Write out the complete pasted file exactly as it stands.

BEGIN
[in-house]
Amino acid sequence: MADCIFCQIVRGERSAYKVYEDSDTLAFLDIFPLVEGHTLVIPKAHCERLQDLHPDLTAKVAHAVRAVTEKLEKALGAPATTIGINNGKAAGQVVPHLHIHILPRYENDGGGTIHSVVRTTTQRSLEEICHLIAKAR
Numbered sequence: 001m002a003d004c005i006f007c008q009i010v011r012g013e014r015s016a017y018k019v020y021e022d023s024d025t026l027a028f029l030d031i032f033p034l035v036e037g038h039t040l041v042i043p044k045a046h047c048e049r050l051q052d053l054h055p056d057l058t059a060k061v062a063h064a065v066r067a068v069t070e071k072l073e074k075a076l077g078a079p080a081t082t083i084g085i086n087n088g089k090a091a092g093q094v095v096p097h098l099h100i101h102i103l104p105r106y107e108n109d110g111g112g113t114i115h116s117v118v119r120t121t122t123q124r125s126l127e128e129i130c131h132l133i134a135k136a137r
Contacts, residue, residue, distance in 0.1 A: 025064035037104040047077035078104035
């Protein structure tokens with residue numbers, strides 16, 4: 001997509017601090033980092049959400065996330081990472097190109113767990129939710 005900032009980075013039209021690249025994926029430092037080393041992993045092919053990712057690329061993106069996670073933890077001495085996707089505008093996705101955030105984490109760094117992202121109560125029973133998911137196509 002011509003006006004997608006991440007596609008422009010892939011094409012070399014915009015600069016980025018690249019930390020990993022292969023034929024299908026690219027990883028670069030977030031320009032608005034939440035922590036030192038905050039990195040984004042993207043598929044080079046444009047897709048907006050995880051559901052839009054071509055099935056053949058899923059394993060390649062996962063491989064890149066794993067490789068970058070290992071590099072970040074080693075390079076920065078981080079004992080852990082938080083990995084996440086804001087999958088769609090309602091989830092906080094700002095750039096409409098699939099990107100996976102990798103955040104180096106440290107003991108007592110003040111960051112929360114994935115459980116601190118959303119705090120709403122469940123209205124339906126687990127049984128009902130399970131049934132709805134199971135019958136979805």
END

[in-house]
Amino acid sequence: MADCIFCQIVRGERSAYKVYEDSDTLAFLDIFPLVEGHTLVIPKAHCERLQDLHPDLTAKVAHAVRAVTEKLEKALGAPATTIGINNGKAAGQVVPHLHIHILPRYENDGGGTIHSVVRTTTQRSLEEICHLIAKAR
Numbered sequence: 001m002a003d004c005i006f007c008q009i010v011r012g013e014r015s016a017y018k019v020y021e022d023s024d025t026l027a028f029l030d031i032f033p034l035v036e037g038h039t040l041v042i043p044k045a046h047c048e049r050l051q052d053l054h055p056d057l058t059a060k061v062a063h064a065v066r067a068v069t070e071k072l073e074k075a076l077g078a079p080a081t082t083i084g085i086n087n088g089k090a091a092g093q094v095v096p097h098l099h100i101h102i103l104p105r106y107e108n109d110g111g112g113t114i115h116s117v118v119r120t121t122t123q124r125s126l127e128e129i130c131h132l133i134a135k136a137r
Contacts, residue, residue, distance in 0.1 A: 025064035037104040047077035078104035
């Protein structure tokens with residue numbers, strides 16, 4: 001997509017601090033980092049959400065996330081990472097190109113767990129939710 005900032009980075013039209021690249025994926029430092037080393041992993045092919053990712057690329061993106069996670073933890077001495085996707089505008093996705101955030105984490109760094117992202121109560125029973133998911137196509 002011509003006006004997608006991440007596609008422009010892939011094409012070399014915009015600069016980025018690249019930390020990993022292969023034929024299908026690219027990883028670069030977030031320009032608005034939440035922590036030192038905050039990195040984004042993207043598929044080079046444009047897709048907006050995880051559901052839009054071509055099935056053949058899923059394993060390649062996962063491989064890149066794993067490789068970058070290992071590099072970040074080693075390079076920065078981080079004992080852990082938080083990995084996440086804001087999958088769609090309602091989830092906080094700002095750039096409409098699939099990107100996976102990798103955040104180096106440290107003991108007592110003040111960051112929360114994935115459980116601190118959303119705090120709403122469940123209205124339906126687990127049984128009902130399970131049934132709805134199971135019958136979805």